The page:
Early online journalists used an Internet search tool called Archie,
which was released on September 10, 1990.
Here’s a screen shot of a Web-based Archie search engine. And here is a link to an archival version posted by the University of Warsaw.
“Originally, the Internet was nothing but a compendium of File
Transfer Protocol (FTP) sites that users could peruse in an attempt to
find specific communal files. As the list of web servers joining the
Internet grew, the World Wide Web became the interface of choice for
accessing information on the Internet. Naturally, the need for finding
and organizing the geographically dispersed data files developed.
In the early 1990s, search engines spawned from users’ needs to
readily navigate the files on the web servers that made up the
Archie became the first index that attempted to organize this content.
Gopher made the database searchable.”
— “Where’s the Search?“
Search Engine Watch, January 16, 2014
“The first search engine was developed as a school project by Alan
Emtage, a student at McGill University in Montreal. Back in 1990, Alan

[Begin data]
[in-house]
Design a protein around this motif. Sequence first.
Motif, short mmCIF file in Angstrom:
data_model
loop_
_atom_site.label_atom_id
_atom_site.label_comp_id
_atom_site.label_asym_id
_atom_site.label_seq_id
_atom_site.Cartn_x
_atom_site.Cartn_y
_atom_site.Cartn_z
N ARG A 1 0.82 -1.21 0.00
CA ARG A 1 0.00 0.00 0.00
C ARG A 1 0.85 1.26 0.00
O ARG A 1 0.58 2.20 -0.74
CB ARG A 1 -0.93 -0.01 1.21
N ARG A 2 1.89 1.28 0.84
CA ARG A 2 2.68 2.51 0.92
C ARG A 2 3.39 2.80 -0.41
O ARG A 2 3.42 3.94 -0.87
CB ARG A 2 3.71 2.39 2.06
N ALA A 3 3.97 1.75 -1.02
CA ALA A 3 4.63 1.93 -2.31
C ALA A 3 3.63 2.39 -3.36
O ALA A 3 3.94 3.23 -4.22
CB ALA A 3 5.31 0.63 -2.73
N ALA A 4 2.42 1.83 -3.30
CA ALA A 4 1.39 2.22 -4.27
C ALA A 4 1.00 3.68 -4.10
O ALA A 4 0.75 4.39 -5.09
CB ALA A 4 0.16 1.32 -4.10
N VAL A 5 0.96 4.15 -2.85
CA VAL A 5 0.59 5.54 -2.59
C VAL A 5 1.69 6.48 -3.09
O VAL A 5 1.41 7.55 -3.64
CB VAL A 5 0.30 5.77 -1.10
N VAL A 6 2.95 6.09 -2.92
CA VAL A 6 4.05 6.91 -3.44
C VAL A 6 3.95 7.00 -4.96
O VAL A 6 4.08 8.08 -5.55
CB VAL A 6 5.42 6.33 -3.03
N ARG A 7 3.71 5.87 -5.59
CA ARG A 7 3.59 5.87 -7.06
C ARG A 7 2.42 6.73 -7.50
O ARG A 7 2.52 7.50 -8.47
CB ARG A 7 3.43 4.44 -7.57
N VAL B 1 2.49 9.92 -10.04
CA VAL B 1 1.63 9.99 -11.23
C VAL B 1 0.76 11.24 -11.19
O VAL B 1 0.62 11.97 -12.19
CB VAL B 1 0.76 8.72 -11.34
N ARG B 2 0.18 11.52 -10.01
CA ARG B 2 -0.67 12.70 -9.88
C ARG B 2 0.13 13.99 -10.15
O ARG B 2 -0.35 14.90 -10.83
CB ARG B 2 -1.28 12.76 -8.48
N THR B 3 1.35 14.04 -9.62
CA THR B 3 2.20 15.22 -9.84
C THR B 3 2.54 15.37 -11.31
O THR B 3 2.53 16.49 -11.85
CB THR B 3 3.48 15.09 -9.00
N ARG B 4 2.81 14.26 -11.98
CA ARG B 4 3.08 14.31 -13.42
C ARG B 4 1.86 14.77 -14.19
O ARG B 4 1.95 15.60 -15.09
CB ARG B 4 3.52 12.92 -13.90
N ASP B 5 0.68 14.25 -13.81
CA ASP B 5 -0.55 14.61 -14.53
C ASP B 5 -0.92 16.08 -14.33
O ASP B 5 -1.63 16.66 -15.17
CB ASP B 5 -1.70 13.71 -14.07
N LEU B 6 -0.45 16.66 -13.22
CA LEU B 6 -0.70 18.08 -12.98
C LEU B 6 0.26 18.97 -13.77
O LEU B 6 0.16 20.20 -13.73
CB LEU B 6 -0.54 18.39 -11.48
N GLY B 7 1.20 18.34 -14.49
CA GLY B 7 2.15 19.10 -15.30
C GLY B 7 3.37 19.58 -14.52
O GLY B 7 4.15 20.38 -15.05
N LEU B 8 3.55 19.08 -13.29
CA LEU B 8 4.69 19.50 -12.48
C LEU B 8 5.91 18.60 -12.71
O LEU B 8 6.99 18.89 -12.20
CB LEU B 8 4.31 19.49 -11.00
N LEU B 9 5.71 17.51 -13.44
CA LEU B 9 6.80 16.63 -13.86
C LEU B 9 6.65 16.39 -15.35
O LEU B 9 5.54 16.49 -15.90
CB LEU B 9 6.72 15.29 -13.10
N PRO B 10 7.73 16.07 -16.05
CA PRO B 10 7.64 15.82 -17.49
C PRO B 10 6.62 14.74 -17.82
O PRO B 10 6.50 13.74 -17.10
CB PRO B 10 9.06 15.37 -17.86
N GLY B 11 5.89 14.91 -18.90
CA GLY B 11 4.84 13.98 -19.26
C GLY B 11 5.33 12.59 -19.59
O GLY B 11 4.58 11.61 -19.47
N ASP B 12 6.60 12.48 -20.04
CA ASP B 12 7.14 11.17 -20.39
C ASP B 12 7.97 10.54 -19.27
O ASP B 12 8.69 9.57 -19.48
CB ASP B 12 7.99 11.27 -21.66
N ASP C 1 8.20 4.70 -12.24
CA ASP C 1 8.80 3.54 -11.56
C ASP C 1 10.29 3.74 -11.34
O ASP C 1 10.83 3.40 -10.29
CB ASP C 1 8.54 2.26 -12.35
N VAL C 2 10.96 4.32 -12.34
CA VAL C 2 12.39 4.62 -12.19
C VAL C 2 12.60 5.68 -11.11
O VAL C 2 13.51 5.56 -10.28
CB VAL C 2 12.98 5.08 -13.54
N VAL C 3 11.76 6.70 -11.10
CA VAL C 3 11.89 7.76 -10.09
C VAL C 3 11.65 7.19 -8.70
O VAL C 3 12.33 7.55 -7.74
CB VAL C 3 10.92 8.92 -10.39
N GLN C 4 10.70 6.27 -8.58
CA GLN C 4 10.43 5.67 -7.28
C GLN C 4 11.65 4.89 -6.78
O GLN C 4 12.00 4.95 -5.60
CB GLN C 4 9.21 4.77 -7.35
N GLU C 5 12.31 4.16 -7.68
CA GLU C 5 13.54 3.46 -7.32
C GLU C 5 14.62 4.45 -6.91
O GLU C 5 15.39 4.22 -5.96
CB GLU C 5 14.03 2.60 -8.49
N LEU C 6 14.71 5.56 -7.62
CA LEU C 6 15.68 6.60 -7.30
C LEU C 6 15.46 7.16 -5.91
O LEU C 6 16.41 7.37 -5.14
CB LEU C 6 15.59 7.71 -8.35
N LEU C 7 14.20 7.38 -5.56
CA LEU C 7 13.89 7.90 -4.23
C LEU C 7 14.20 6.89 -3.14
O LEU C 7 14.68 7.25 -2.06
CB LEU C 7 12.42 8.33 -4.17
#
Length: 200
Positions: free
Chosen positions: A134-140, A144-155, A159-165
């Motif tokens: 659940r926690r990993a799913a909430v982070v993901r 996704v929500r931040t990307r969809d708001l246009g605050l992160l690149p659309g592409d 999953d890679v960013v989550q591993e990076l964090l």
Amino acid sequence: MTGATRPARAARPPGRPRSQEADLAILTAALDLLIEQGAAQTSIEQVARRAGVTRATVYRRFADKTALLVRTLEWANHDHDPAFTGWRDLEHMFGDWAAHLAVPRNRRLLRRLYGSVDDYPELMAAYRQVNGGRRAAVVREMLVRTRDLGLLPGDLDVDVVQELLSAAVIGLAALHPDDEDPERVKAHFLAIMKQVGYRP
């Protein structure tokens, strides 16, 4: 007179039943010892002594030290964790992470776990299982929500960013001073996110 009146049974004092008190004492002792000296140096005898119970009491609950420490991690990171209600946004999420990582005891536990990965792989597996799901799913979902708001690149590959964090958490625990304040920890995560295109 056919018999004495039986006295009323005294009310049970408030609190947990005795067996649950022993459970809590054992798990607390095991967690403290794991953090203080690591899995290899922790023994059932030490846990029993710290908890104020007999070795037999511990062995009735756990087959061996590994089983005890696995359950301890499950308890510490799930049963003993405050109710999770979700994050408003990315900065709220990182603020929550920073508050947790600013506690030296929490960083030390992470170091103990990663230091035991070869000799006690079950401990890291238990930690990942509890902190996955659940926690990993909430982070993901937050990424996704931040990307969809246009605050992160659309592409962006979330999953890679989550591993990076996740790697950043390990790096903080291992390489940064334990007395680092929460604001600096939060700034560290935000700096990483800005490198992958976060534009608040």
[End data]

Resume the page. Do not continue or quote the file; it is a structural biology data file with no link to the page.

created Archie, an index (or archives) of computer files stored on
anonymous FTP web sites in a given network of computers (“Archie”
rather than “Archives” fit name length parameters – thus it became the
name of the first search engine). In 1991, Mark McCahill, a student at
the University of Minnesota, effectively used a hypertext paradigm to
create Gopher, which also searched for plain text references in files.
Archie and Gopher’s searchable database of websites did not have
natural language keyword capabilities used in modern search engines.
Rather, in 1993 the graphical Mosaic web browser improved upon
Gopher’s primarily text-based interface. About the same time, Matthew
Gray developed Wandex, the first search engine in the form that we
know search engines today. Wandex’s technology was the first to crawl
the web indexing and searching the catalog of indexed pages on the
web. Another significant development in search engines came in 1994
when WebCrawler’s search engine began indexing the full text of web
sites instead of just web page titles.”
Video: “Searching the Internet – FTP Anarchie | The Internet Revealed (1995)”
And here’s a screen shot of an early text-based Internet Archie search.